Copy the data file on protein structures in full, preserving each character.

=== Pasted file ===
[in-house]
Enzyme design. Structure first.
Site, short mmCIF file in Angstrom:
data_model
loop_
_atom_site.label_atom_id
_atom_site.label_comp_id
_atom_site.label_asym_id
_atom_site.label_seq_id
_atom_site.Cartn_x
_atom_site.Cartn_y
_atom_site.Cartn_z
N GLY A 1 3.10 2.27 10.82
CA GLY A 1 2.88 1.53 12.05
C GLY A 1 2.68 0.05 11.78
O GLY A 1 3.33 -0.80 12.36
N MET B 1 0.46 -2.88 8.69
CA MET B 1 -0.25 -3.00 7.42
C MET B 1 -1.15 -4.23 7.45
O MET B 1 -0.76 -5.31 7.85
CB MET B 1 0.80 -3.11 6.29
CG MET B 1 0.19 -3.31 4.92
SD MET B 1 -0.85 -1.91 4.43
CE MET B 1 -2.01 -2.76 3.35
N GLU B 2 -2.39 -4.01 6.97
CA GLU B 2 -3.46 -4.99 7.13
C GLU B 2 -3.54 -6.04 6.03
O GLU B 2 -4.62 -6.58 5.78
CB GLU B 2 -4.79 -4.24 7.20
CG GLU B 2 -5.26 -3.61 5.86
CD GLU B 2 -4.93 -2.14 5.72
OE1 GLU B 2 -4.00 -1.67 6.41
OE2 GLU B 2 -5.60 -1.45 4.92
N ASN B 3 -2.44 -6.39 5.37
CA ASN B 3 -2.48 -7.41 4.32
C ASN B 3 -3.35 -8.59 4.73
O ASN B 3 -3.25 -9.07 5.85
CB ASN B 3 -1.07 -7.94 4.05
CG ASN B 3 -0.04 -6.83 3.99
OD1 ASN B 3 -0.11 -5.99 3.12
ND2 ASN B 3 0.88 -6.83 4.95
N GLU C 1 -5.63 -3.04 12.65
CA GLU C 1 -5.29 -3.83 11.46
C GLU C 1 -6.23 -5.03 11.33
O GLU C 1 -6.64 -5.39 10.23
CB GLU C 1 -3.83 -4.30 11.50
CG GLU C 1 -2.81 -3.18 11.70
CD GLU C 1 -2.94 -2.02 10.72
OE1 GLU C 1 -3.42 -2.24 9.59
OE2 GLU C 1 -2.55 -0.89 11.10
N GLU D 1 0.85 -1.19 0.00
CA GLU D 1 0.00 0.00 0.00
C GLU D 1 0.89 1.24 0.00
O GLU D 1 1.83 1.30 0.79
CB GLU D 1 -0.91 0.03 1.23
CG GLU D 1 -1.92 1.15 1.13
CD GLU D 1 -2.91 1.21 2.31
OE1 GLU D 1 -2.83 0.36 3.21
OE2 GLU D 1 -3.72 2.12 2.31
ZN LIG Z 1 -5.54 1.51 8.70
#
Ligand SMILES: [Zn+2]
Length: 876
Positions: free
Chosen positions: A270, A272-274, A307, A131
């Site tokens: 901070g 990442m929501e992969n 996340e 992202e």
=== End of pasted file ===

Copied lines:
[in-house]
Enzyme design. Structure first.
Site, short mmCIF file in Angstrom:
data_model
loop_
_atom_site.label_atom_id
_atom_site.label_comp_id
_atom_site.label_asym_id
_atom_site.label_seq_id
_atom_site.Cartn_x
_atom_site.Cartn_y
_atom_site.Cartn_z
N GLY A 1 3.10 2.27 10.82
CA GLY A 1 2.88 1.53 12.05
C GLY A 1 2.68 0.05 11.78
O GLY A 1 3.33 -0.80 12.36
N MET B 1 0.46 -2.88 8.69
CA MET B 1 -0.25 -3.00 7.42
C MET B 1 -1.15 -4.23 7.45
O MET B 1 -0.76 -5.31 7.85
CB MET B 1 0.80 -3.11 6.29
CG MET B 1 0.19 -3.31 4.92
SD MET B 1 -0.85 -1.91 4.43
CE MET B 1 -2.01 -2.76 3.35
N GLU B 2 -2.39 -4.01 6.97
CA GLU B 2 -3.46 -4.99 7.13
C GLU B 2 -3.54 -6.04 6.03
O GLU B 2 -4.62 -6.58 5.78
CB GLU B 2 -4.79 -4.24 7.20
CG GLU B 2 -5.26 -3.61 5.86
CD GLU B 2 -4.93 -2.14 5.72
OE1 GLU B 2 -4.00 -1.67 6.41
OE2 GLU B 2 -5.60 -1.45 4.92
N ASN B 3 -2.44 -6.39 5.37
CA ASN B 3 -2.48 -7.41 4.32
C ASN B 3 -3.35 -8.59 4.73
O ASN B 3 -3.25 -9.07 5.85
CB ASN B 3 -1.07 -7.94 4.05
CG ASN B 3 -0.04 -6.83 3.99
OD1 ASN B 3 -0.11 -5.99 3.12
ND2 ASN B 3 0.88 -6.83 4.95
N GLU C 1 -5.63 -3.04 12.65
CA GLU C 1 -5.29 -3.83 11.46
C GLU C 1 -6.23 -5.03 11.33
O GLU C 1 -6.64 -5.39 10.23
CB GLU C 1 -3.83 -4.30 11.50
CG GLU C 1 -2.81 -3.18 11.70
CD GLU C 1 -2.94 -2.02 10.72
OE1 GLU C 1 -3.42 -2.24 9.59
OE2 GLU C 1 -2.55 -0.89 11.10
N GLU D 1 0.85 -1.19 0.00
CA GLU D 1 0.00 0.00 0.00
C GLU D 1 0.89 1.24 0.00
O GLU D 1 1.83 1.30 0.79
CB GLU D 1 -0.91 0.03 1.23
CG GLU D 1 -1.92 1.15 1.13
CD GLU D 1 -2.91 1.21 2.31
OE1 GLU D 1 -2.83 0.36 3.21
OE2 GLU D 1 -3.72 2.12 2.31
ZN LIG Z 1 -5.54 1.51 8.70
#
Ligand SMILES: [Zn+2]
Length: 876
Positions: free
Chosen positions: A270, A272-274, A307, A131
């Site tokens: 901070g 990442m929501e992969n 996340e 992202e």